Well, I have been dreaming of having a PC run my TV viewing for many years and for those same many years, I have been disappointed in either the costs or the lack of value in the products/software that was available.
In the last 3 years, a lot of that disappointment has been eliminated.
I am not the biggest M$ fan, but Windows is VERY "Wife Friendly", so I planned to build my setup around the latest MCE 2005 version of Windows. I have seen Myth and Sage and Beyond, but I have already built one full on HTPC for a client and it was a wonderful pleasure to use and I hadn't even had it hooked up to TV signal of any kind. The others are plenty fine and are generally just as easy to use, but that last little bit of "Wife Factor" kicks in and forces one to make sure that all of the money that is spent is "approved" after the box is set up.
A few other major issues that pushed me into the arms of MCE 2005 were:
- Remote controls available and the quality thereof
- Hardware compatibility
The first one is not too bad, but the nice thing with the MCE 2005 remote is that it is ALSO a 2 ended IR blaster. Always a nice bonus as it allows you to set up two STBs if you wish. Another thing that was nice was that the MCE2005 Remote reciever was also usable with the MCE 2005 keyboard that is available. I am still deciding if I need it but if I wanted one, it is an easy option for me.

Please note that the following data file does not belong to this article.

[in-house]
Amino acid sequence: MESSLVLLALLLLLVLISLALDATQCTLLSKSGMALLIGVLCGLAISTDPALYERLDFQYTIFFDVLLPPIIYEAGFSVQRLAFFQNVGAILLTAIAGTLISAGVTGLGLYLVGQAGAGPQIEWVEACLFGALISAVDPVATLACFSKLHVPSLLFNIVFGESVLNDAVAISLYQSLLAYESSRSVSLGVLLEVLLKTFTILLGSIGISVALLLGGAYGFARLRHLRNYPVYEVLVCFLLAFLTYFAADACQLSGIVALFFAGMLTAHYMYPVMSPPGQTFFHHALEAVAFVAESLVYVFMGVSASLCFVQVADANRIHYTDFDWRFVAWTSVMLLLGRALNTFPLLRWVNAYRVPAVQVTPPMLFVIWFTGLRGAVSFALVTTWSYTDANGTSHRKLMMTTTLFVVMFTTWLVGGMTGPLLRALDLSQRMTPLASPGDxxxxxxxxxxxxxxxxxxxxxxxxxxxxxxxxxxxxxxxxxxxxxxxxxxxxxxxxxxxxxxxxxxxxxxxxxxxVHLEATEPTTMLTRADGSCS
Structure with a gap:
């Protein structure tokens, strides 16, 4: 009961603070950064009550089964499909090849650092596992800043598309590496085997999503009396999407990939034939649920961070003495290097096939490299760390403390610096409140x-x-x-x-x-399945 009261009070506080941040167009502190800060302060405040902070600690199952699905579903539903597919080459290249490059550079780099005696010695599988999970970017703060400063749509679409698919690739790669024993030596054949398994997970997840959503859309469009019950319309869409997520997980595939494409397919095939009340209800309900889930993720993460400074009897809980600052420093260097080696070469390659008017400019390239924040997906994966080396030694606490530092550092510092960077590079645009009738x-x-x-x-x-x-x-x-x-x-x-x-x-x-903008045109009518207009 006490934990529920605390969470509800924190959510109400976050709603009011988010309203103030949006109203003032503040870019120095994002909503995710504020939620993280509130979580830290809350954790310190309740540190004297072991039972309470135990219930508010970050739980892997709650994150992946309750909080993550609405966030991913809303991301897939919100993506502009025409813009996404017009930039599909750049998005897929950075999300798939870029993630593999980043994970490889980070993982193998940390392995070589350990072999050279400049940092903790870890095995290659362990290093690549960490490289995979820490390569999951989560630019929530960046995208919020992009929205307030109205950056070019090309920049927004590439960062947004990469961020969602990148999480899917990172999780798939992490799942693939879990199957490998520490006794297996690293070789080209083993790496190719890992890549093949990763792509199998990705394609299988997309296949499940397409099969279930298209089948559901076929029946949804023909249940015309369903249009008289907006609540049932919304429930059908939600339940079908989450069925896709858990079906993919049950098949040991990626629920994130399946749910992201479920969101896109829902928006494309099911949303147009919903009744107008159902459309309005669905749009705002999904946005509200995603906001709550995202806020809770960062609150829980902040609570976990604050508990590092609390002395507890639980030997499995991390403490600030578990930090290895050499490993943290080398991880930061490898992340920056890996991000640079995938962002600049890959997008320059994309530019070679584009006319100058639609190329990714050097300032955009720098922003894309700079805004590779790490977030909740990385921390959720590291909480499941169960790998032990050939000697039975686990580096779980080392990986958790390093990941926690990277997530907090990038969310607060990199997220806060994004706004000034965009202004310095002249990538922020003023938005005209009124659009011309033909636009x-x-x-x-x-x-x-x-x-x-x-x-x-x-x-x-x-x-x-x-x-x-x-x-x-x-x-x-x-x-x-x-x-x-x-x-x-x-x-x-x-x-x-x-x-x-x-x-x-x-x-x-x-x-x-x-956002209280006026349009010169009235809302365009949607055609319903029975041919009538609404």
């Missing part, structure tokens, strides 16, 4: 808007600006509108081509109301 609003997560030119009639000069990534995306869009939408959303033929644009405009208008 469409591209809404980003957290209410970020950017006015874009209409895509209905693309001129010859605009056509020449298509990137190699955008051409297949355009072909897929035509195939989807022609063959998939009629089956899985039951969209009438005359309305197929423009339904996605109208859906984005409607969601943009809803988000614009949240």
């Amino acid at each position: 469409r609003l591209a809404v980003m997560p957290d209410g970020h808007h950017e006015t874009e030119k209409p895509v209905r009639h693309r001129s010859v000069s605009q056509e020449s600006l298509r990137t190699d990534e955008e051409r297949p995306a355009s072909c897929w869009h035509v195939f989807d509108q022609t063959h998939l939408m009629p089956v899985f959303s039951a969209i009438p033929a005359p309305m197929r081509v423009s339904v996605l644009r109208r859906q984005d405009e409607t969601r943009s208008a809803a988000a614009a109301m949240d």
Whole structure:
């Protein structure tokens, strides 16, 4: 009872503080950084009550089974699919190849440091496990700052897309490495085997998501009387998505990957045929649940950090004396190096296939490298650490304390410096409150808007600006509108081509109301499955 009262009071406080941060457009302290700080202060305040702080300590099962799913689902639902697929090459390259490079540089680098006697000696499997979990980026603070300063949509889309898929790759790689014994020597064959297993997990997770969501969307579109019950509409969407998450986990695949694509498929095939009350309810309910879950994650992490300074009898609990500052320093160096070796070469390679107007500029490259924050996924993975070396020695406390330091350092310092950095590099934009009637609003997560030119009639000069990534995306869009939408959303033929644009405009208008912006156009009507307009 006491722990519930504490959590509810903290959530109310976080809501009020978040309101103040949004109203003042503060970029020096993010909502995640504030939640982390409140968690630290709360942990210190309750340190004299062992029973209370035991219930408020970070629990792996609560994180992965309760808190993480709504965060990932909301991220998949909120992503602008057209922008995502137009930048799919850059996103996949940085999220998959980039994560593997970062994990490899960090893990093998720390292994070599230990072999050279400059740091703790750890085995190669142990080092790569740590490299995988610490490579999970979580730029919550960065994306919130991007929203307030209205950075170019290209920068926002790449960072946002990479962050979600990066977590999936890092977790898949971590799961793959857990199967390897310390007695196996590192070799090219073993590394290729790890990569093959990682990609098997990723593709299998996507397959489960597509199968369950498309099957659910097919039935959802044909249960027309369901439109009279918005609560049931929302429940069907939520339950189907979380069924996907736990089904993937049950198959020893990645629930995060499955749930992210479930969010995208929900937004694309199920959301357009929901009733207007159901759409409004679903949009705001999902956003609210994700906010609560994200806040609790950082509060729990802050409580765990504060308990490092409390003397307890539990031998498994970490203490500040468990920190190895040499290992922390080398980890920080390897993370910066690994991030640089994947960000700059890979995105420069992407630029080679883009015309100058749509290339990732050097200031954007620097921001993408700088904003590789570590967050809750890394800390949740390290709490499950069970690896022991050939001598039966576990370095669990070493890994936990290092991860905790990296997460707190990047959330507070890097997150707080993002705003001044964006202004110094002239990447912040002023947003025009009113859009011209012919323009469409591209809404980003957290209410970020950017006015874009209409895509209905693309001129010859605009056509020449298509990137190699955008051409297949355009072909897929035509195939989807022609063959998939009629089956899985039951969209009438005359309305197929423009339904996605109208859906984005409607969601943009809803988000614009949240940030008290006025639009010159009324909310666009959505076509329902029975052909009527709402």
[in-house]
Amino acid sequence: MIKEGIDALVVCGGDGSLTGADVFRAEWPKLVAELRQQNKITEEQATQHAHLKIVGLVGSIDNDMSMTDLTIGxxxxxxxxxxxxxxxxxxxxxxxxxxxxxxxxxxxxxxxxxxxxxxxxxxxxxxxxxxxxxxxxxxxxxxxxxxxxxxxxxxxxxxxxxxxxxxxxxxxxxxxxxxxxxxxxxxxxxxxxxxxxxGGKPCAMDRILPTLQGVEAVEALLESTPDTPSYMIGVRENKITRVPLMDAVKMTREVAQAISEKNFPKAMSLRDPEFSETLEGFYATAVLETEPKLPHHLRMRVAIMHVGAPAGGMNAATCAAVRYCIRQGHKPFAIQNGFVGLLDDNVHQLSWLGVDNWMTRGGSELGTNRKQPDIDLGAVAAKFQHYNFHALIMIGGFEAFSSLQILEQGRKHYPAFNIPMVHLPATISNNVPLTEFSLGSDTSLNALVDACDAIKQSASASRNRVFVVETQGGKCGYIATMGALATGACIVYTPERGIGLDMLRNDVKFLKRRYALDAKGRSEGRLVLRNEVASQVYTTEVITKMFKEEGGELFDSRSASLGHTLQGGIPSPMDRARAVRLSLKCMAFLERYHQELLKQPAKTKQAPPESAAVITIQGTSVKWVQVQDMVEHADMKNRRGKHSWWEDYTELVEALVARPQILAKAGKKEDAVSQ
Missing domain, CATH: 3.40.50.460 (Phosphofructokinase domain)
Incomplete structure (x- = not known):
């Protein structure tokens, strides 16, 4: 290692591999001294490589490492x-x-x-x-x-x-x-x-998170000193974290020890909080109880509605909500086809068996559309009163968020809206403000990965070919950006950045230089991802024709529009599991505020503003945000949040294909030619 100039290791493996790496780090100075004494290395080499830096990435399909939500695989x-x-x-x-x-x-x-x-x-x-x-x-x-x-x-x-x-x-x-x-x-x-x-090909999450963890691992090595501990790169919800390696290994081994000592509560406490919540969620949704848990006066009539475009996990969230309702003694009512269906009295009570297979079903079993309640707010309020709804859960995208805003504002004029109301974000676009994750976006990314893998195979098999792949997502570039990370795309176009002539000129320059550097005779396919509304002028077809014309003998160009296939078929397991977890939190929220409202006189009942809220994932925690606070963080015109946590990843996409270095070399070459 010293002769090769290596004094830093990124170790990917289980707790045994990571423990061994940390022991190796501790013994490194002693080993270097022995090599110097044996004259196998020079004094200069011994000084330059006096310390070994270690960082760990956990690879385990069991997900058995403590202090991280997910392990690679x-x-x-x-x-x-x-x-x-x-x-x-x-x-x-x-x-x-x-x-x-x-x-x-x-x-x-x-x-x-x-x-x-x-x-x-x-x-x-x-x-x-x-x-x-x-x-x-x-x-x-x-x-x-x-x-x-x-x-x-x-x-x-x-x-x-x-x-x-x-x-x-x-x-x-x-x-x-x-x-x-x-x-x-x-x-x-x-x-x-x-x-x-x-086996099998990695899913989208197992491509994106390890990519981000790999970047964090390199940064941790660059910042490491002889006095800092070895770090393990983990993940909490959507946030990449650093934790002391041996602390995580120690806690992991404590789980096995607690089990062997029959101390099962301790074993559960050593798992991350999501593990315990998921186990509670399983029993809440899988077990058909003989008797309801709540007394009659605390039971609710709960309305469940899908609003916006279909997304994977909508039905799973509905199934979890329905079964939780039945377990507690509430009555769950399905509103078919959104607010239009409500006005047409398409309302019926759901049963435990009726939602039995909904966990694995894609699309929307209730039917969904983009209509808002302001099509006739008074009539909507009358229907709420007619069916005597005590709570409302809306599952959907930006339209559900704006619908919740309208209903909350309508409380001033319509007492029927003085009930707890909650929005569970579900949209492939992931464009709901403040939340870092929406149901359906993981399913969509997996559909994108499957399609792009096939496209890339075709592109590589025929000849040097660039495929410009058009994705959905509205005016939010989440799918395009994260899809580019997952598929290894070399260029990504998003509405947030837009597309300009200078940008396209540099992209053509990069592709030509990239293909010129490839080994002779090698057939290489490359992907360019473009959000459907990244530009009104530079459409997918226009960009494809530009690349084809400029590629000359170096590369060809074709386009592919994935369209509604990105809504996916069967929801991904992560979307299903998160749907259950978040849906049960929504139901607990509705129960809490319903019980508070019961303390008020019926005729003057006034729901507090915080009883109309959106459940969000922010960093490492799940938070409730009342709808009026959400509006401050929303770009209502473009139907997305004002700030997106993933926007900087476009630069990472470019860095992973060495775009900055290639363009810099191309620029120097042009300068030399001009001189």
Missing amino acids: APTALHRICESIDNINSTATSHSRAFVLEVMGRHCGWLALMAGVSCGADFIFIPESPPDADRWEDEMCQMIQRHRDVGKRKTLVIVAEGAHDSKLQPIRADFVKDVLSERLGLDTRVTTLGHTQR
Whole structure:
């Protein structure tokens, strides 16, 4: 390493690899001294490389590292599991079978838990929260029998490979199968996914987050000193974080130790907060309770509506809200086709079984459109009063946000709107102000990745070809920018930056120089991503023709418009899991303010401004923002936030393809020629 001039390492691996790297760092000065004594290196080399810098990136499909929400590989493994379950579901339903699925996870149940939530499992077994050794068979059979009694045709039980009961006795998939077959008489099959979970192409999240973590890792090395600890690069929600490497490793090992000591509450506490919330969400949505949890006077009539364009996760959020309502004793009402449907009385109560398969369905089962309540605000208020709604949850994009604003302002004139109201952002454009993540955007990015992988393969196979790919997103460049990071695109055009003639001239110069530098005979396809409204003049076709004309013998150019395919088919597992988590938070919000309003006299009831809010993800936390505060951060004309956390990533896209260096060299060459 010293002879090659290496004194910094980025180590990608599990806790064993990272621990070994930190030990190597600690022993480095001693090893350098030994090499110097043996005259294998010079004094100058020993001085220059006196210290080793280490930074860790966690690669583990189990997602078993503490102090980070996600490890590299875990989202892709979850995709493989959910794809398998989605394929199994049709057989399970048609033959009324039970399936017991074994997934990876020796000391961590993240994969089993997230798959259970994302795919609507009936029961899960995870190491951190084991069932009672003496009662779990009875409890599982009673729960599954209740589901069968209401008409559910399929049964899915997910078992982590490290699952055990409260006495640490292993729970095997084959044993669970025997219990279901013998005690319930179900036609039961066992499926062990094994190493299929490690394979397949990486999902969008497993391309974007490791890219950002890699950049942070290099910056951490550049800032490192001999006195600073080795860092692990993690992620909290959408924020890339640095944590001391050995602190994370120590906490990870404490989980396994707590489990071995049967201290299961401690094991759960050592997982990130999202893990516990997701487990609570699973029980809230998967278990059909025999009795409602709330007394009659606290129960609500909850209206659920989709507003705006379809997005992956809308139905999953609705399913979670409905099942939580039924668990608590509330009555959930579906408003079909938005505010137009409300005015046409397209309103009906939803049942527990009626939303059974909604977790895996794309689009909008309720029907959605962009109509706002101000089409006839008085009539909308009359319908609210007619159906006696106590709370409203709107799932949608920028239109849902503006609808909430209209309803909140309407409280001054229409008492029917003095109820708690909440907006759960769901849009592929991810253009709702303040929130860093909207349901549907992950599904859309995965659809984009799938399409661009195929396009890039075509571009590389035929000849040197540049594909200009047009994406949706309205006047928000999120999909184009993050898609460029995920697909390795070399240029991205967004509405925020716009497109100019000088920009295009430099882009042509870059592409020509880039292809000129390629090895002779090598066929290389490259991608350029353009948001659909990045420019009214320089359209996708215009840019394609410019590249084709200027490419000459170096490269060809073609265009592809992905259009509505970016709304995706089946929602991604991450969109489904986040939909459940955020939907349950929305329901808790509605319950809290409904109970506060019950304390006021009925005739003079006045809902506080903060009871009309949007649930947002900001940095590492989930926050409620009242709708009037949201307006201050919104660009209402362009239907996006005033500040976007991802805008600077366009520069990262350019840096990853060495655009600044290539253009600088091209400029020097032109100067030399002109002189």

The hardware compatibility issues were a little more problematic. Right out of the gate, Linux and ATI is just not a go. To add to that, the latest x1000 series ATI cards and the 5.13 and newer Catalyst drivers are the current reigning champions of video playback quality, so using Nvidia in a Linux box was a compromise that I was not willing to make. (To elaborate as to why, the original plan was to set this HTPC up in my main home theater and playback quality was an issue.)
The first and I consider the most important decision/acquisition was the case. This is where the HTPC industry is just flat out smoking crack. The average case price out there is at least $300. Now understand that I understand how ornate and well crafted some of these cases are, but there are limits to how much one can charge for how small some of these cases are. The case that I was the most interested in was the SilverrStone LC04. It is an amazingly small case that is reasonably priced ($200 at NCIX). This case will hold any size mobo and will hold one full sized ROM drive and ONE hard drive. This could be an issue for some but with 250GB drives as cheap as they are, it should not be a "real" issue.
Well, time went on and I was just still not willing to shell out for the SilverStone case. I searched for almost 2 months and finally found a case that provided me all of the following:
- Excellent space for cooling
- Standard shaped power supply
- mATX compatibility
- Up to 3 hard drives can be installed
- Up to 4 expansion cards can be installed without the use of any riser cards
- Depth of the case is 15" or less
- Width of the case is 17" or less
The case in question was this one: http://search.ncix.com/displayproduc...nologies%20Inc